In the statement of the jury of last year’s Igor Zabel Award, the Czech curator Edith Jeřábková was described as “an innovative cultural producer, prolific curator and writer as well as a passionate teacher and researcher”. In her short but inspiring acceptance speech, Jeřábková referred to herself as a “hybrid” and besides being grateful to her colleagues and friends, she also thanked Mother Earth and shared her vision that she’ll maybe purchase a piece of land form the Igor Zabel grant. We interviewed her after the Award ceremony in Ljubljana in December.
East Art Mags: How do you connect all these activities, being a writer, a curator, a researcher, a professor?
Edith Jeřábková: To tell the truth, I don’t really have a strategy behind that. I react to the things that happen around me, that’s why I like being flexible as much as possible. That’s also the reason why sometimes it’s difficult for me to work in institutions, as its structure doesn’t provide this flexibility. That’s why we founded our collective, ARE because we wanted to be between spaces. We wanted to connect with individuals, with institutions and to react on those things that are of our interest. We also like to work with those who come to us and propose some projects, so we actually want to be hybrid in a positive way – of course there is a high possibility that this flexibility has also the negative aspects – not enough time to plan things, precarisation, and others, you can imagine yourself.
EAM: Could you please tell me a bit more about ARE and how you function as a group?
EJ: What I just described is the basic idea why we founded it. But the other aim was to connect the Czech art scene who, we felt, were sort of isolated from the international scene. Our aim was not to bring artists to Prague and only show their work but more like developing projects together with international collectives, artists, curators, philosophers. For example, we did quite a big project in Athens before documenta 14. We went there a year prior and researched the structure, and how the scene is ready to receive such a format, such colonisation power, I would say. And it was really interesting to get to know all the collectives and curators who reside there. We did residencies in Athens (as because of funding it was more like a Czech-Athens project), and we invited about 70 artists, writers and curators to be residents in Athens. And then we also invited curators and artists to Prague. This is more or less how we started this communication. Also, we produced exhibitions, for example in places like the State of Concept with iLiana Fokianaki (Note: also a speaker at the Art – How Much is it Still an Idea for the Future? conference) or Hyle and others.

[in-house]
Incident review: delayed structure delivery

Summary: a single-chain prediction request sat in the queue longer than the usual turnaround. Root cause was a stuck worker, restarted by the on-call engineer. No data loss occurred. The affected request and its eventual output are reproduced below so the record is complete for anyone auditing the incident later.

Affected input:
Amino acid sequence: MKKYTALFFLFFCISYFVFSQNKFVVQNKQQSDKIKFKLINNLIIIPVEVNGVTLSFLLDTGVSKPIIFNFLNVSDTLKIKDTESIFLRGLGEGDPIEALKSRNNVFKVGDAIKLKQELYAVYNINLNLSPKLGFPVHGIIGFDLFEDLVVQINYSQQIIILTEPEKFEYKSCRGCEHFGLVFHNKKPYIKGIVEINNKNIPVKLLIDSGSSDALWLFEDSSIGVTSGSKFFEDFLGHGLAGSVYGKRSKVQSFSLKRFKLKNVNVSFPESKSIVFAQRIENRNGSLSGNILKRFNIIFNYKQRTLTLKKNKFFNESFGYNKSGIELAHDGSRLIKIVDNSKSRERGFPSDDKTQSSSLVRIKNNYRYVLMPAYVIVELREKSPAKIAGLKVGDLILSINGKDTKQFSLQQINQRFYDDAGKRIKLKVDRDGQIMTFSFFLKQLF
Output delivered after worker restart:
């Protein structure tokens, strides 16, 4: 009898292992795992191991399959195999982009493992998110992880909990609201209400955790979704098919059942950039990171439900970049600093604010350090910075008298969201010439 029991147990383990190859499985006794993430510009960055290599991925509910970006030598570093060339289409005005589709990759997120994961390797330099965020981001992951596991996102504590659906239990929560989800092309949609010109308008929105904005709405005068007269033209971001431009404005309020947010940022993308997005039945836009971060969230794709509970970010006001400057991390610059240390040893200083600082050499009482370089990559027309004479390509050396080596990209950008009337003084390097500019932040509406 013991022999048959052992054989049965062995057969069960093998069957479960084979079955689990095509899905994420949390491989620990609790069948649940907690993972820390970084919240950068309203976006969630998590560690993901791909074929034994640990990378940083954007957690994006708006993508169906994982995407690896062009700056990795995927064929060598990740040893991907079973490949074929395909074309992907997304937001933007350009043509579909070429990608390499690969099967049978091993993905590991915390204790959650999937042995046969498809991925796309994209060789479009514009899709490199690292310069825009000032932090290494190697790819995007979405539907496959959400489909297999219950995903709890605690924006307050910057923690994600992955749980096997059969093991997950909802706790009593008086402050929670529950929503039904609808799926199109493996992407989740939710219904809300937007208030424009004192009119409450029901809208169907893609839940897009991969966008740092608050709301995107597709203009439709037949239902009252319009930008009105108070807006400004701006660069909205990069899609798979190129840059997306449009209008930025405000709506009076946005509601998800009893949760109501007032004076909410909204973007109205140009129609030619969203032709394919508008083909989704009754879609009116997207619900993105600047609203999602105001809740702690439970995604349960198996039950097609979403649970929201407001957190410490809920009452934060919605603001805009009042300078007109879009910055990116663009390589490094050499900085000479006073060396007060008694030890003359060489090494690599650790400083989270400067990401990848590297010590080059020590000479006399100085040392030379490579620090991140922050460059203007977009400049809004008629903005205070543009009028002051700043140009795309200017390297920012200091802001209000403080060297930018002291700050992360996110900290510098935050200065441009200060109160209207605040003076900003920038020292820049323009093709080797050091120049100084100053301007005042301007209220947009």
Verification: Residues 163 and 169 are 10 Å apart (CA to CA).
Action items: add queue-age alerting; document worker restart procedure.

Last year we researched an island Nisyros in Greece, which we used like a case study where you can really see many of today’s problems of the World in a small visible scale: the fall of agriculture system caused by tourism, water dependency, export of natural sources to the point of exhaustion – full excavation, unilateral economy based on tourism only etc. Then this year, based on the research, we invited Nadja Argyropoulou, a curator from Athens, who made a project Making Oddkin —for joy, for trouble, for volcano love. She invited artists, philosophers, anarchists and they did a 5-days-long festivity going through the island, exploring all the topics which are really obvious if you research them in this island environment. This is just an example but it describes really well how we operate and what we work on.